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The new pretty in pink: men

Guys now tan and wax. What's a modern girl to do?

Heartthrob: There seems to be a culture shift in masculinity. Zac Efron of "High School Musical" fame is more pretty than macho.

Matt Sayles/ap-file

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A few months ago, I was walking down 42nd Street in midtown Manhattan and was surprised by a magazine cover being prominently displayed in the clear side window of a newsstand.

Had the generally male-centric Details magazine really put Kelly Clarkson on its cover? There was a svelte brunette with those token beautiful eyes staring at me from the magazine. When I got closer, I realized that it was really a picture of Zac Efron, the teen heartthrob of "High School Musical" fame. But in my defense, he looked downright girly.

What this indicates, though, is a significant shift in how America views and defines masculinity.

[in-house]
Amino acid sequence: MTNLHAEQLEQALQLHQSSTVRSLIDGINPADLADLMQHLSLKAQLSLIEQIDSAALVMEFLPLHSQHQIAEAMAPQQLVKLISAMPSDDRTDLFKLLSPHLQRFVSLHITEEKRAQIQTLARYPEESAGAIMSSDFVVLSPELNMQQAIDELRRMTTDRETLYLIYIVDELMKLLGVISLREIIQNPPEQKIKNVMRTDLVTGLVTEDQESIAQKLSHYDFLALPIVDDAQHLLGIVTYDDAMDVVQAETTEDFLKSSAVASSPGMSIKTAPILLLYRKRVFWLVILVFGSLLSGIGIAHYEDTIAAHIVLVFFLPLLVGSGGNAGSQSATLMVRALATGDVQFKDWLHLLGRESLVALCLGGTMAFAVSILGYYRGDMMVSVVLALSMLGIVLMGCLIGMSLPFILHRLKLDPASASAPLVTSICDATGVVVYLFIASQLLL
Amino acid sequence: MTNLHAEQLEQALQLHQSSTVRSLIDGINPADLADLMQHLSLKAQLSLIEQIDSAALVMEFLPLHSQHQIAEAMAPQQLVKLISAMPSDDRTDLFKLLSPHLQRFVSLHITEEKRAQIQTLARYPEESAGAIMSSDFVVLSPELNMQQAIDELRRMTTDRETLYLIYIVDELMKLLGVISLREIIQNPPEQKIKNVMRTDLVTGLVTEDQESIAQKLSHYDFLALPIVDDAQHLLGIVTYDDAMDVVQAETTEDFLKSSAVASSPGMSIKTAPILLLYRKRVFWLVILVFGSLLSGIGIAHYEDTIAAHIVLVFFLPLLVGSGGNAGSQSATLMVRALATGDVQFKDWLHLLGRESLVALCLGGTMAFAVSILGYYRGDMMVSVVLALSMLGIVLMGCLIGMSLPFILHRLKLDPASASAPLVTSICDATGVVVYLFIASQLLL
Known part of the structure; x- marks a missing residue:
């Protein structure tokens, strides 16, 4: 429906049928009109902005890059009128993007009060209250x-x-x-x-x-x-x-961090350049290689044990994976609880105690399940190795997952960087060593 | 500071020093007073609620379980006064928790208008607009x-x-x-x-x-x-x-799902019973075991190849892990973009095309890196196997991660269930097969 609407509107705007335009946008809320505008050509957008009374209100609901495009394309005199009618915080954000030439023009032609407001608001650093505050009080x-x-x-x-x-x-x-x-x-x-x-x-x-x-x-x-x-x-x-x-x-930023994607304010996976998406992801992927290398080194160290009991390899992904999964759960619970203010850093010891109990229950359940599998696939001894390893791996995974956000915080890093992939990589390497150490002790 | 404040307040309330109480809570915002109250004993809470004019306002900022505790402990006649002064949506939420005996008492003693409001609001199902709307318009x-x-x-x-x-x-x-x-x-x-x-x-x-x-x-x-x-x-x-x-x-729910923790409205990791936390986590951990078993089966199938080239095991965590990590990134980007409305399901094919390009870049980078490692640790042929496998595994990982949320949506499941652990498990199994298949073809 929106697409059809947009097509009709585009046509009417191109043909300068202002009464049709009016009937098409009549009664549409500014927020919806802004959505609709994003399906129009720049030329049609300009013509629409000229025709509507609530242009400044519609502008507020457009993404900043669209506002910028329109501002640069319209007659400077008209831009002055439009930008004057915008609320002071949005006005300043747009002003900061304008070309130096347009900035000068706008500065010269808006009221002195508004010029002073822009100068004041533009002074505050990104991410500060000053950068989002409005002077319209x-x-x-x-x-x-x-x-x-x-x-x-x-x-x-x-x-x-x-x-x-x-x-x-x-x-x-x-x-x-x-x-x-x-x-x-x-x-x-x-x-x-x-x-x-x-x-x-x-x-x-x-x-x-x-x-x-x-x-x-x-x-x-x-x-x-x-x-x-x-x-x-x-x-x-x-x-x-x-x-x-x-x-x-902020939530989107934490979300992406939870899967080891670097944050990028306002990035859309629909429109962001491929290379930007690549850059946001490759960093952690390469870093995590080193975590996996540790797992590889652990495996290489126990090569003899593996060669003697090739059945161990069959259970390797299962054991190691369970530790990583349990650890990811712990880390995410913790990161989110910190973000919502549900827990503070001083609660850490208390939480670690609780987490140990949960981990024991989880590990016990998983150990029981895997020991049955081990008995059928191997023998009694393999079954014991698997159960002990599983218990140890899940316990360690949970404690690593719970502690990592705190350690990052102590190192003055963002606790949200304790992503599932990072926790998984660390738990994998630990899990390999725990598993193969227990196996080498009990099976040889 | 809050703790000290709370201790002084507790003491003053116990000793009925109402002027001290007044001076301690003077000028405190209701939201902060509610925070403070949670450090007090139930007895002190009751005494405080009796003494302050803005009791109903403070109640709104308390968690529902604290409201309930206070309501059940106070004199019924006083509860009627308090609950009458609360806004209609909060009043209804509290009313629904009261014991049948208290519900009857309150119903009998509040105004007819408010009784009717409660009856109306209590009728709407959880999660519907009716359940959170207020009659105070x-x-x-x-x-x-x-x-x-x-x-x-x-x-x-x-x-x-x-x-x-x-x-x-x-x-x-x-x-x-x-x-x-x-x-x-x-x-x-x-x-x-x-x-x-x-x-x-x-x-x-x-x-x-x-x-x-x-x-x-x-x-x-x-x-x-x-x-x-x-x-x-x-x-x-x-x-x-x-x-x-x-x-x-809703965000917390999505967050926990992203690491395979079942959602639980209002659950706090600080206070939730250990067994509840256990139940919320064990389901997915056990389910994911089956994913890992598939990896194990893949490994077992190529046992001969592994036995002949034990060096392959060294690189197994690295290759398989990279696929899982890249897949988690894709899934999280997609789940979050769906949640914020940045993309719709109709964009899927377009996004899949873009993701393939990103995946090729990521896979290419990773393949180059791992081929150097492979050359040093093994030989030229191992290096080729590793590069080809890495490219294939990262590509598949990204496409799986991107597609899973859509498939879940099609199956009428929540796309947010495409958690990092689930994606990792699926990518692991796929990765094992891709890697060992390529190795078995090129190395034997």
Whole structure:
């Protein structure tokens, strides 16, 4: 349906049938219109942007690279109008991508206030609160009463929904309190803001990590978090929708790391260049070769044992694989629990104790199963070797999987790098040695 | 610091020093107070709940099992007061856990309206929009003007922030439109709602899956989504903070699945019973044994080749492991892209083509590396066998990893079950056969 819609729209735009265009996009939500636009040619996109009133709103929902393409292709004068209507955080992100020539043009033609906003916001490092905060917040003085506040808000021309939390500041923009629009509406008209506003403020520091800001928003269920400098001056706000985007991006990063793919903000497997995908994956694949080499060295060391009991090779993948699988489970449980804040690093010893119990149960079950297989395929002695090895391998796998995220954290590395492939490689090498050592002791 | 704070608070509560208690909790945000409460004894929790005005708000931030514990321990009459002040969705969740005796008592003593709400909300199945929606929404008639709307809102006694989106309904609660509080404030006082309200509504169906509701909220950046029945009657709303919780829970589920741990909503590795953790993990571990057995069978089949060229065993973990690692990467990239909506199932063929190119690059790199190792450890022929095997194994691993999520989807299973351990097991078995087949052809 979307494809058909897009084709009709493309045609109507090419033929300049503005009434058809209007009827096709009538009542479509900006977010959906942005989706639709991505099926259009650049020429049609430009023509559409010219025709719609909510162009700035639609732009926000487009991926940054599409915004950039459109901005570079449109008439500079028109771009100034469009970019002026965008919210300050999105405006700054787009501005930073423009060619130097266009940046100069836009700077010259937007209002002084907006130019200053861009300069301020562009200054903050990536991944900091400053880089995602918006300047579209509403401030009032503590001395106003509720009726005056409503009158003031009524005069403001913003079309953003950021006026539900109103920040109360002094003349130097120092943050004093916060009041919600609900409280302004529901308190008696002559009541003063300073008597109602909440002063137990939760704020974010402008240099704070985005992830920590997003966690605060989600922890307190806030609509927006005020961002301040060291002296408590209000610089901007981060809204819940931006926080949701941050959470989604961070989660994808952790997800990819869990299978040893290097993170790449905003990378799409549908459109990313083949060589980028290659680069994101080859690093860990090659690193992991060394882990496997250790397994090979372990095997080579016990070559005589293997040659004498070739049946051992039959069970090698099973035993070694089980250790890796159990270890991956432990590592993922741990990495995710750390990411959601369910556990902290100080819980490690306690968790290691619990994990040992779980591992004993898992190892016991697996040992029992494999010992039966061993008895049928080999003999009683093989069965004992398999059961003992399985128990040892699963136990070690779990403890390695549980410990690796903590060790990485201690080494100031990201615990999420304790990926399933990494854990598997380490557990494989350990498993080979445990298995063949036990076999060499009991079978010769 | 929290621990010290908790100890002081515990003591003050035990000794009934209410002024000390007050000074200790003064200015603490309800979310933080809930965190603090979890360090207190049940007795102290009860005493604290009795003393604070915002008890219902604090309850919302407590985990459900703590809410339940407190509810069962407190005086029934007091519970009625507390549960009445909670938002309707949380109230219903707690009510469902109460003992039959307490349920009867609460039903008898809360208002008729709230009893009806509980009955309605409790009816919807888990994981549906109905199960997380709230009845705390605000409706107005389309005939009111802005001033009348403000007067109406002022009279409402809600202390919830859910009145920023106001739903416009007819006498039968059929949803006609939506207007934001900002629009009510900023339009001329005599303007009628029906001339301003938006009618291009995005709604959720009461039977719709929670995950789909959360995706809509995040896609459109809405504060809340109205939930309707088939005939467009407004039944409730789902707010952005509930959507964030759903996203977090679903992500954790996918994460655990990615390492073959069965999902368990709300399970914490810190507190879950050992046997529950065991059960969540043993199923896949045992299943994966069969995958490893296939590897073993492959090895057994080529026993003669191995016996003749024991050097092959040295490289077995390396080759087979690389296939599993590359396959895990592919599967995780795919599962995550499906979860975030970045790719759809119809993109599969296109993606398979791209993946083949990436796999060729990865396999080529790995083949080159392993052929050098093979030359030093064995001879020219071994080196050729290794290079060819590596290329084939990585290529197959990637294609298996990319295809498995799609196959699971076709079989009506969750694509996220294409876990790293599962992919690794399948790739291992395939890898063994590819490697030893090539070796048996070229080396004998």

More recently, in the music video for the smash hit "Four Minutes" by Justin Timberlake and Madonna, Timberlake sashays around Madonna, jumping and twirling, as the leather-clad babe shows off much more labor-intensive dance moves (a role reversal in music videos, given that women are usually the more decorative dance partner).

Sure, the gender confusion could be the age dynamic and the talent imbalance – Timberlake might as well be a hyperactive puppy next to the cool entertainment industry matriarch Madonna, who is also a classically trained dancer. But I think that this music video says something much deeper about the state of gender roles today. Timberlake is part of a broader celebrity culture that has shifted the male ideal from being gnarled and brusque and violent, to being polished and lightweight and almost feminine.


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